Usefulness of Bisacodyl Testing on Therapeutic Outcomes in Refractory Constipation
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Although chronically constipated patients usually respond to medical treatment, there is a subgroup with scarce/no response, generally labeled as refractory or intractable. However, whether this lack of response is real or due to ancillary causes (suboptimal dosage, lack of compliance etc.) is unknown.
To see whether a pharmacologic test (bisacodyl colonic intraluminal infusion during manometric assessment) may predict the therapeutic outcome.
Data of patients undergoing 24/h colonic manometry for severe intractable constipation in whom the bisacodyl test (10 ml of drug dissolved into saline and injected through the more proximal recording port) had been carried out were retrieved and analysed, and correlations with the therapeutic outcome made.
Overall, charts from 38 patients (5 men) were available; of these, only 21% displayed naive high-amplitude propagated contractions (average, less than 2/24 h), mostly meal-induced, during the recordings. A bisacodyl response was present in 31.6% patients, with a mean number of events of 1.8 per patient. After bisacodyl testing, 47.3% patients underwent intensive medical treatment, 44.7% surgery (medical failures), and 8% transanal irrigation, a procedure employed to treat refractory patients. The presence of naive propulsive contractions significantly correlated with the response to bisacodyl infusion (p < 0.0001), and with a favourable outcome to intensive medical treatment (p < 0.0001).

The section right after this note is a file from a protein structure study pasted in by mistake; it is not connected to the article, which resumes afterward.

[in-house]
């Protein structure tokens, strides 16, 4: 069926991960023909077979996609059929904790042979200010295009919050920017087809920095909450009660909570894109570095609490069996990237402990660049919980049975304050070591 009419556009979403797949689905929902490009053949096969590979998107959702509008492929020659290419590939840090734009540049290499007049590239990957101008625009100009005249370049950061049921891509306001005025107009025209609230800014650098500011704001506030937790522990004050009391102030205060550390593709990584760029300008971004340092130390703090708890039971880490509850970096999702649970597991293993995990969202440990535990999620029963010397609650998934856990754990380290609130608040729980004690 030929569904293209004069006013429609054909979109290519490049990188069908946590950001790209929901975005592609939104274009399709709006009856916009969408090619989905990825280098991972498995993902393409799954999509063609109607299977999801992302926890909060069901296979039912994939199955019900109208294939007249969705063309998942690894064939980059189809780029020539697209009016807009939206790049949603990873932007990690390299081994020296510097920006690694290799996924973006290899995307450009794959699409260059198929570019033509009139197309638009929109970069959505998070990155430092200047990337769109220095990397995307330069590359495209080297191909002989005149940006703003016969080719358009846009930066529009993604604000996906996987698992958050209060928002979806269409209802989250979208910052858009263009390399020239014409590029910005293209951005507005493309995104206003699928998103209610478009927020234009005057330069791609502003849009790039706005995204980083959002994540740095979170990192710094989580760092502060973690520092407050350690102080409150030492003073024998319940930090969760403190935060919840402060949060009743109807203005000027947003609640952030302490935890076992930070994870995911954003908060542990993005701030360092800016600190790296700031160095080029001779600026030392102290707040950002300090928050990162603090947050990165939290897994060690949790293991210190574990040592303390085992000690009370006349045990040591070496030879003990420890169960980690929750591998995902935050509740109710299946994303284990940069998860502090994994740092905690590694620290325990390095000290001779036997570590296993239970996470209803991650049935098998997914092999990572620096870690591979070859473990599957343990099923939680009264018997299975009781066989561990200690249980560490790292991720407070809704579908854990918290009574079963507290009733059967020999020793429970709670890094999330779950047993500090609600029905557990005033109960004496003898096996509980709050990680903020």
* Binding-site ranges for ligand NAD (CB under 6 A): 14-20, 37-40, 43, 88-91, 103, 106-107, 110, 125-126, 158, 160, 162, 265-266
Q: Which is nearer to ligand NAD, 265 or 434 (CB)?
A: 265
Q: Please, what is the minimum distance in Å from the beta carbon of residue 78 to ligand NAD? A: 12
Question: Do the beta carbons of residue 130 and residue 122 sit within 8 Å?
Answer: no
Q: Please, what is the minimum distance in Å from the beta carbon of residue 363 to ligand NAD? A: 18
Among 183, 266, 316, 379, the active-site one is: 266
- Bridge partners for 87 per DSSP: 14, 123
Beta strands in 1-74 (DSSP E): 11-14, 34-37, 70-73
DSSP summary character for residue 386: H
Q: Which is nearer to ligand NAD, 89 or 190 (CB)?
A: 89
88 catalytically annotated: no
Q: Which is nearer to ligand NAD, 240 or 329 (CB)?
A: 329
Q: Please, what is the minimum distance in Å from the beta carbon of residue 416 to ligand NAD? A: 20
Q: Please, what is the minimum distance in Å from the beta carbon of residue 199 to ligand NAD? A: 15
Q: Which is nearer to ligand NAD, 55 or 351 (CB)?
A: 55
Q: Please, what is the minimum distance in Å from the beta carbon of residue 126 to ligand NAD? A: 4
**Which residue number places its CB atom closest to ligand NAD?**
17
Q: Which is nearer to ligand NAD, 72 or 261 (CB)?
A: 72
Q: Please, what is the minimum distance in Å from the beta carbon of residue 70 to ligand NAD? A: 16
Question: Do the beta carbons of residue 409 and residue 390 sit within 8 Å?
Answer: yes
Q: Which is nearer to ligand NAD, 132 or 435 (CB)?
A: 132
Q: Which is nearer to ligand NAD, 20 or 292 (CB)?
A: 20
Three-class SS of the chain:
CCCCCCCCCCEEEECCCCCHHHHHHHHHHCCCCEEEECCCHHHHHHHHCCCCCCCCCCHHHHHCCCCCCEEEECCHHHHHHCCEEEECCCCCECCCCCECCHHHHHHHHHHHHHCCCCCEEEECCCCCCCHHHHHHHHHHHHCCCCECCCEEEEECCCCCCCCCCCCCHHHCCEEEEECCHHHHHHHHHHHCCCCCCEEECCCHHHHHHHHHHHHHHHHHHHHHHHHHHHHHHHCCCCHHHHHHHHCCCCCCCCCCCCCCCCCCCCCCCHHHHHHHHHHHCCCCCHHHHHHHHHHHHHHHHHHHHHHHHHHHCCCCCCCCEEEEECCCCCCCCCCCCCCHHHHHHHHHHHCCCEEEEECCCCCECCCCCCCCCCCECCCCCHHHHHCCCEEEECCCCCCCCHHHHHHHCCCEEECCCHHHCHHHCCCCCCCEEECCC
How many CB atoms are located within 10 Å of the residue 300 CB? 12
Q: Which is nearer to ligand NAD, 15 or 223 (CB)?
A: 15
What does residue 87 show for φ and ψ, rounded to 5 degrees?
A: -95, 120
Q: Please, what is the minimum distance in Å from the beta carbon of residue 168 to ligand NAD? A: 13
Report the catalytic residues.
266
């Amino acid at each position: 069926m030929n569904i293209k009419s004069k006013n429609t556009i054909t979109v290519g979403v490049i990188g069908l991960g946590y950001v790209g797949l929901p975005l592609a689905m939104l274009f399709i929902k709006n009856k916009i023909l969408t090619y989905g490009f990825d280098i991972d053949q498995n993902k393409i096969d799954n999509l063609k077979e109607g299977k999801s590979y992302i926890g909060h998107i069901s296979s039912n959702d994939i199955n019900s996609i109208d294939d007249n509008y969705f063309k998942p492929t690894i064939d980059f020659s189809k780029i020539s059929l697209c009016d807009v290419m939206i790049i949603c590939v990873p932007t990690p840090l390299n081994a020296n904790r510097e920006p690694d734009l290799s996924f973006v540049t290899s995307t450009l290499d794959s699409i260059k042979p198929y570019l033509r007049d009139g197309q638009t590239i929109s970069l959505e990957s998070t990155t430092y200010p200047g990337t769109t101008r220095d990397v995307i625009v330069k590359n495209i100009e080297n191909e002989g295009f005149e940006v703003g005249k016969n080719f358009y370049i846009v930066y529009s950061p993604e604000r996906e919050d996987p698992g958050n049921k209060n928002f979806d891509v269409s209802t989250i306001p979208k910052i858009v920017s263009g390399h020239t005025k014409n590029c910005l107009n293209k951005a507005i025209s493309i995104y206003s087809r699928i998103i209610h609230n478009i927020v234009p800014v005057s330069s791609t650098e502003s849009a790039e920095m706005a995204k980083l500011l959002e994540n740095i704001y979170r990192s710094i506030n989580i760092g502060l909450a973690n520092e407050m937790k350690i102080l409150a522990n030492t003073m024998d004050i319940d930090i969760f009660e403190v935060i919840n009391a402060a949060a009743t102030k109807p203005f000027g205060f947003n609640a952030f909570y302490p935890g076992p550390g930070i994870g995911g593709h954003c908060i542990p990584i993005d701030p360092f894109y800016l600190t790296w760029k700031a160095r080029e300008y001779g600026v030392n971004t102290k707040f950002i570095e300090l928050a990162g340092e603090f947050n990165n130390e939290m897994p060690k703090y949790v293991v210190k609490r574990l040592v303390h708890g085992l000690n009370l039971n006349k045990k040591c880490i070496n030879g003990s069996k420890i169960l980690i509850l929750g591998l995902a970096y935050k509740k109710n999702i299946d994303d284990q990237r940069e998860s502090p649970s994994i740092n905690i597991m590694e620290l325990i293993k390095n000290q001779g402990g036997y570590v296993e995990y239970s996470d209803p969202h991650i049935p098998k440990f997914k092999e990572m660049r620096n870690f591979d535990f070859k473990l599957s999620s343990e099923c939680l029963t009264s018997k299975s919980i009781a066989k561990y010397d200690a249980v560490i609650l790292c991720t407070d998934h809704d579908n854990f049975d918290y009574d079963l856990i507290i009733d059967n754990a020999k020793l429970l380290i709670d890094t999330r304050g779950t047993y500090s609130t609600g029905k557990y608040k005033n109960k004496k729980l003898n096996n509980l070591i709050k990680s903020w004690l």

The bisacodyl test may be clinically useful to better categorize constipated patients erroneously labelled as intractable and to exclude true colonic inertia, thus avoiding surgery in more than 30% of these subjects.
KeywordsBisacodyl test Colonic manometry Refractory constipation Therapeutic outcomes
Specific authors’ contribution: EB carried out the manometric procedures and analysed the tracings; MG carried out the manometric procedures; MPD reviewed the text for important intellectual contributions; GB planned the study, analysed the data, and wrote the first draft of the manuscript. All authors reviewed and approved the final version of the manuscript.
Compliance with ethical standards
Conflict of Interest
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